Keep planning. If you are lucky, life won't get in the way of that plan.

      • by dkleinsc (563838)

        My basic thoughts on this:
        1. Characteristics that are necessary to become rich (if you aren't born into it) include discipline, education, a work ethic, and luck.
        2. The majority of people with education, discipline, and a work ethic are not millionaires.
        3. Ergo, no matter how disciplined and educated and hard-working you are, you should not plan on being rich.

        That's not saying being frugal and smart about your spending is a bad thing, but just be realistic about your prospects. Also be aware that you could

  • by TheModelEskimo (968202) on Saturday August 31, 2013 @12:42PM (#44724771)
    ...children who ate a healthy breakfast did better at an IQ test than children who were beaten the same morning.
  • by BenEnglishAtHome (449670) on Saturday August 31, 2013 @12:43PM (#44724779)

    30 years ago I worked with a former social worker of long experience who had just changed jobs seeking a steadier paycheck. She said that poverty produced a constant stress over not feeling safe that basic needs would be met. Her view was that that constant stress often resulted in serious mental disfunction.

    "Poverty makes you crazy...or at least stupid" was her standard rejoinder whenever we ran across someone who did something stupid with what little money they had.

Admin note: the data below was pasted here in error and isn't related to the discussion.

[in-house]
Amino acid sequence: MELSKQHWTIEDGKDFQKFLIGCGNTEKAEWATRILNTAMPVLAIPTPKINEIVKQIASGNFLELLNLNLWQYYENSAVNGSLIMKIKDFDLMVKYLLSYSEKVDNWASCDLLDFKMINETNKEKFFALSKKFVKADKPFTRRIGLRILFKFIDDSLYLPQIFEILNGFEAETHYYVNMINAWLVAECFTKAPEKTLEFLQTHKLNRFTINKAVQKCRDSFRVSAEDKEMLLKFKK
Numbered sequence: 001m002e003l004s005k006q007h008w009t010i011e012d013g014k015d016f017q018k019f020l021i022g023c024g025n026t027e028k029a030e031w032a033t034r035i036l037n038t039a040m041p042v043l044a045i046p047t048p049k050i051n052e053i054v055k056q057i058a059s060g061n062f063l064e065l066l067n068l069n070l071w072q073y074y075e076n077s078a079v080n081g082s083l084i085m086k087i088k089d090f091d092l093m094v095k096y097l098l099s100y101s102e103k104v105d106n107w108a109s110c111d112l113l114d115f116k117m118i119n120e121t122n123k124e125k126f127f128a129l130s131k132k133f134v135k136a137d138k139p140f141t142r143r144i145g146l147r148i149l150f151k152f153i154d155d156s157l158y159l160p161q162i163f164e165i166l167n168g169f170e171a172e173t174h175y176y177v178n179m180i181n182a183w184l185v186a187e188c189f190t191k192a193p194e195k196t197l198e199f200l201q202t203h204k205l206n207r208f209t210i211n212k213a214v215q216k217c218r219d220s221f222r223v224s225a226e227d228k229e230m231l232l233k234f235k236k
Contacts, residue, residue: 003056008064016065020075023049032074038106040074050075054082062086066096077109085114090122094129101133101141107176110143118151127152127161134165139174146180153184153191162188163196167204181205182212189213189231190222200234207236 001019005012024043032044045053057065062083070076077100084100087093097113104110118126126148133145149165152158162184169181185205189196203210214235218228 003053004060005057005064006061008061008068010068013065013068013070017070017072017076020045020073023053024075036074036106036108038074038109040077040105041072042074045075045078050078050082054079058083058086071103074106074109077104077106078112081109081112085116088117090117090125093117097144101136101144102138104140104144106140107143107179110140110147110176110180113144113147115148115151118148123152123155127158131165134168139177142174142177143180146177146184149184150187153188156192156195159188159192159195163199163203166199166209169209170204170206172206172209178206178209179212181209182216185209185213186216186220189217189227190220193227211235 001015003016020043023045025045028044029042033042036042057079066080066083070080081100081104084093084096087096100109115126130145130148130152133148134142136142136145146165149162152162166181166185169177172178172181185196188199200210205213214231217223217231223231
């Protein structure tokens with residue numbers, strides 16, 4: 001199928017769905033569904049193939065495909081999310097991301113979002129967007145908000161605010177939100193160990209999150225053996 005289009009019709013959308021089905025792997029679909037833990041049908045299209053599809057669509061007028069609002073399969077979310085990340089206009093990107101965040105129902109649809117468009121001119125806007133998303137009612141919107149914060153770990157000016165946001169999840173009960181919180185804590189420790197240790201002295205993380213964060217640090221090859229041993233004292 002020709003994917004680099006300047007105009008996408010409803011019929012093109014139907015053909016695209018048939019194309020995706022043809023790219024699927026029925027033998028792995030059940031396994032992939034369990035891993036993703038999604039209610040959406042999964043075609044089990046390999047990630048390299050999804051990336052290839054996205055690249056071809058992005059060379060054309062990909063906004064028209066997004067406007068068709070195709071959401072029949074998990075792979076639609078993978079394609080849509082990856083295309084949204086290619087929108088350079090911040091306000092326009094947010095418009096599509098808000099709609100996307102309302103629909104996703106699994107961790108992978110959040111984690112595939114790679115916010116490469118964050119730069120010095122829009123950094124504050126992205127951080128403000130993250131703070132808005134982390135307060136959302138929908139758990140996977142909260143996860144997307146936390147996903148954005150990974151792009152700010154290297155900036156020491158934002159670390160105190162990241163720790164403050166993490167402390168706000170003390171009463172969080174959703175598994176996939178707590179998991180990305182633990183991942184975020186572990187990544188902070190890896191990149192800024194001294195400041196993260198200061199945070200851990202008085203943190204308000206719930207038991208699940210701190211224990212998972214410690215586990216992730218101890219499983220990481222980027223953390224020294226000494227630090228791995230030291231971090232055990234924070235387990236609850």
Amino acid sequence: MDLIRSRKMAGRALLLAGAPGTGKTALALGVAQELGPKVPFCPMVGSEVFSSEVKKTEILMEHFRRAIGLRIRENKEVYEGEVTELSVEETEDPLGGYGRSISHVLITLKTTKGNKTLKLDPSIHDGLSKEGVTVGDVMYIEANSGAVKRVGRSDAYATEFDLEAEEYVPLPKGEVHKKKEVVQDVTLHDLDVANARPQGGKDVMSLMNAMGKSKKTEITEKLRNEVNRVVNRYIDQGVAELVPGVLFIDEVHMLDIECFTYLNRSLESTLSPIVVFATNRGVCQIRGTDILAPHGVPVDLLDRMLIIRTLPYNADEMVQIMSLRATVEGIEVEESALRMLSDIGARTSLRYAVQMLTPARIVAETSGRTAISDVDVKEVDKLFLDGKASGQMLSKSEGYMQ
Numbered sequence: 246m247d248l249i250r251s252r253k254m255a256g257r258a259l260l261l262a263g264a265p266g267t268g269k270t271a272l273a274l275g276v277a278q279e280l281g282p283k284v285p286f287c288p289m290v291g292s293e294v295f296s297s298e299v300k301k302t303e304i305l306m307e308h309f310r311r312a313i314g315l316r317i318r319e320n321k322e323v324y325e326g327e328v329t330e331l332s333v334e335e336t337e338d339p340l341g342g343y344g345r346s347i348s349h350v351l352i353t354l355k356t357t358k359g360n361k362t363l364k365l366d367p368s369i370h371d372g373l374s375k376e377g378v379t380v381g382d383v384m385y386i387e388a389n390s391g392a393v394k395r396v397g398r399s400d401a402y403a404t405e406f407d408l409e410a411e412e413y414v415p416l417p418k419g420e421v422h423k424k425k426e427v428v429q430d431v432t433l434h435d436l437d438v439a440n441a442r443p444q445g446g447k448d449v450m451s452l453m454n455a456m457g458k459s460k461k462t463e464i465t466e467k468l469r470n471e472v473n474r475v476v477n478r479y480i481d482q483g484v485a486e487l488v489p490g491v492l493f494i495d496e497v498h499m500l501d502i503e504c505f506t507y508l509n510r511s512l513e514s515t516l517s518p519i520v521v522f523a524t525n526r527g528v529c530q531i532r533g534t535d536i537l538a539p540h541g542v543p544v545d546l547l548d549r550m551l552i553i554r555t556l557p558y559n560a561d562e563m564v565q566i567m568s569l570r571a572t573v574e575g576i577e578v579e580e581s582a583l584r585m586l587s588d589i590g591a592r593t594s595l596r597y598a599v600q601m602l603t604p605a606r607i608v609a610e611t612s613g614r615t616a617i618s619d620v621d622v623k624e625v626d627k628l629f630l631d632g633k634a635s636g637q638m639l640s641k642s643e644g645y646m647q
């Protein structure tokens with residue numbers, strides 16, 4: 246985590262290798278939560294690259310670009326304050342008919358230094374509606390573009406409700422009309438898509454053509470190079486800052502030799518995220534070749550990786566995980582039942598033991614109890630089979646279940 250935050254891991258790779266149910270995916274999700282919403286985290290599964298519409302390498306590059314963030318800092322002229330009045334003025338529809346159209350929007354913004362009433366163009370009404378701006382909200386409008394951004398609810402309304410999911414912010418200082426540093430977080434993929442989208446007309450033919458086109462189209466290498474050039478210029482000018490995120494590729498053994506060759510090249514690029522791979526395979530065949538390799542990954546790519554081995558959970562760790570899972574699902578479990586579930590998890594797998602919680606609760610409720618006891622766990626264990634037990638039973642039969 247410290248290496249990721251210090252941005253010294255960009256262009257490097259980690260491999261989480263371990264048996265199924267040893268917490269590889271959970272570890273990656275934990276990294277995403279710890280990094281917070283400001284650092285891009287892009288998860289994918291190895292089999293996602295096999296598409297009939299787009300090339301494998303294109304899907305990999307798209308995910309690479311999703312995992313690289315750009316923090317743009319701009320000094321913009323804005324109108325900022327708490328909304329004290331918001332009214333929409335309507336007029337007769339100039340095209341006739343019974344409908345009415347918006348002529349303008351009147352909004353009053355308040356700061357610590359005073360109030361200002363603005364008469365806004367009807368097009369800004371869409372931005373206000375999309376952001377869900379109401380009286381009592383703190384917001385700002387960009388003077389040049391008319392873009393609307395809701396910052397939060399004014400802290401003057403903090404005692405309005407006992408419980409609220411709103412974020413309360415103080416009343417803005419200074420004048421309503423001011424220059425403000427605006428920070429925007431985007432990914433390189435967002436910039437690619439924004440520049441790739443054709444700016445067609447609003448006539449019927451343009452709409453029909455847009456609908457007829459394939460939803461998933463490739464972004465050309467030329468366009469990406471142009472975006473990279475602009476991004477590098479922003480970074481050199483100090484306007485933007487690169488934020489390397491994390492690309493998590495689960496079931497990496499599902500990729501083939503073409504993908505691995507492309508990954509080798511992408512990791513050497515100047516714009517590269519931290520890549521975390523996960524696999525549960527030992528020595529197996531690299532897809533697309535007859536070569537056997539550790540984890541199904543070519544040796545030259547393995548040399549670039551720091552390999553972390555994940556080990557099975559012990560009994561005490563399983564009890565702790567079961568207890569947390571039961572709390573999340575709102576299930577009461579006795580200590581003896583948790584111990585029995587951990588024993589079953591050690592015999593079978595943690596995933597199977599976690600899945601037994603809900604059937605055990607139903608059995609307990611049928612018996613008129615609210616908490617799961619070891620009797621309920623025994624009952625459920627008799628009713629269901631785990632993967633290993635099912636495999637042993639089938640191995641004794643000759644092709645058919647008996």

From the Hierarchy of Needs, to my co-worker, to this new study - has anything changed? Not really. But it seems the relevant points need to be made over and over again because they just aren't getting through.

    • by CastrTroy (595695) on Saturday August 31, 2013 @12:53PM (#44724845) Homepage
      I've heard of other stuff related to this. Children who grow up in an abusive or unstable home are basically in "fight or flight" mode all day long. They never get a chance to relax. A lot of these kids end up with symptoms similar to PTSD (post traumatic stress disorder), which is what soldiers or other people living in warzones usually get.
    • by fermion (181285) on Saturday August 31, 2013 @01:32PM (#44725103) Homepage Journal
      First, I read this paper yesterday and for a piece of social science I was rather impressed with the methodology. I think they took care to cover the variables and carefully limit their conclusions to what could be inferred fro the experiment.

      That said, the media reports, as normal, tend to focus on the headline value rather than the research. Although the paper does talk about poverty, it is in the context of having to live in poverty, not being poor. From the conclusion